Ireland’s Data Protection Commissioner is investigating Instagram over how the platform handles personal data of children. If the company has broken any privacy laws, Facebook, the parent company could be liable to pay a huge fine. Recently, reports highlighting Instagram’s inability to protect data gained traction online. According to the reports, Instagram allowed email addresses and phone numbers of minors, or those aged below 18, to become public.
Full story here: https://www.bbc.co.uk/
Fines issued must always represent and match the magnitude of a data breach, if organisations are going to learn from them. In the past, we have far too often seen minimal cash fines that do not equal the risk of compromising data ending up in the wrong hands. Investigations such as this reduce the threat to the people involved, along with their data – which, in turn, reduces knock-on cyberattacks. Social networks store masses of personal data, which must be treated with the respect it deserves. This is even more important when it comes to protecting children’s data, who make up a vast portion of Instagram’s users. Parents must try and curb the amount of private data their children post online, as many children do not understand the long term risks or how their data could be used in the wrong hands.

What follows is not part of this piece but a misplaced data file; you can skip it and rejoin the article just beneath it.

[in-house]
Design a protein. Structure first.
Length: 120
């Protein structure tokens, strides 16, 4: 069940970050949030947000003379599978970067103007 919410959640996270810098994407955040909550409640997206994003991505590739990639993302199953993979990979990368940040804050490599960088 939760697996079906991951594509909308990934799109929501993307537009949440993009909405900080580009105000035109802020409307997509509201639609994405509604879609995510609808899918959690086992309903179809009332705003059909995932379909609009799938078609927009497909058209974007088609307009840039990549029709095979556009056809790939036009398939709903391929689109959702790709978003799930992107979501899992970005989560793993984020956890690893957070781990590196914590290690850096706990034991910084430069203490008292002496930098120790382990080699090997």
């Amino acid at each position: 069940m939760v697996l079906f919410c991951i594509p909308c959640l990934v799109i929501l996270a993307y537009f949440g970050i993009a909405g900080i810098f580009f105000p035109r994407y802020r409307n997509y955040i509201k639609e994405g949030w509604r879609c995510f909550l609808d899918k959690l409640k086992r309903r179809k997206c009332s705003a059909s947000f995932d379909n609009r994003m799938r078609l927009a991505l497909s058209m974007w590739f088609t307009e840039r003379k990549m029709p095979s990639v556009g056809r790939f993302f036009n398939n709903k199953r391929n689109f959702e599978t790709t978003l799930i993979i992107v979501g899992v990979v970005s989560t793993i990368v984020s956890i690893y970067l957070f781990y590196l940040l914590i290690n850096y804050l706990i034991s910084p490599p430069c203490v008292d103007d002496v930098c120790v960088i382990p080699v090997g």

The most important piece of information that will be taken into account here is the trade-off. Children were offered additional analytics on their posts, provided they shared their contact details.
The corresponding side of the trade-off is the phone and email contact information becomes public, this public data has already been misused as we have seen from the breach in India from May 2019, so a question needs to be asked: should children have even been given the option to expose their details? In many cases, I’m sure they used correct business-specific contact channels, but naturally, the fear would be many did not. Facebook and Instagram need to crack down on this and make it more difficult for people to expose their data.
For obvious reasons, children’s data collection and protection have very specific handling in many jurisdictions and called out in GDPR very specifically. While a data protection regulator is no substitute for parenting and education to ensure children begin to understand how their data is eventually used, vendors have the utmost responsibility for compliance and transparency. In GDPR Article 8, the consent requirements, age limitations, and responsibilities are very clear, especially around consent. The fact that a data scientist has discovered trivial data exposure of what appears to be vulnerable minors in data collection applications is alarming if true. This is especially a concern given that it is also equally simple these days to de-identify, mask, or secure it and thus there are few excuses not to comply. In a world of attacks, data theft, and misuse, privacy and security has to be a first priority, especially the data of our next generation’s citizens.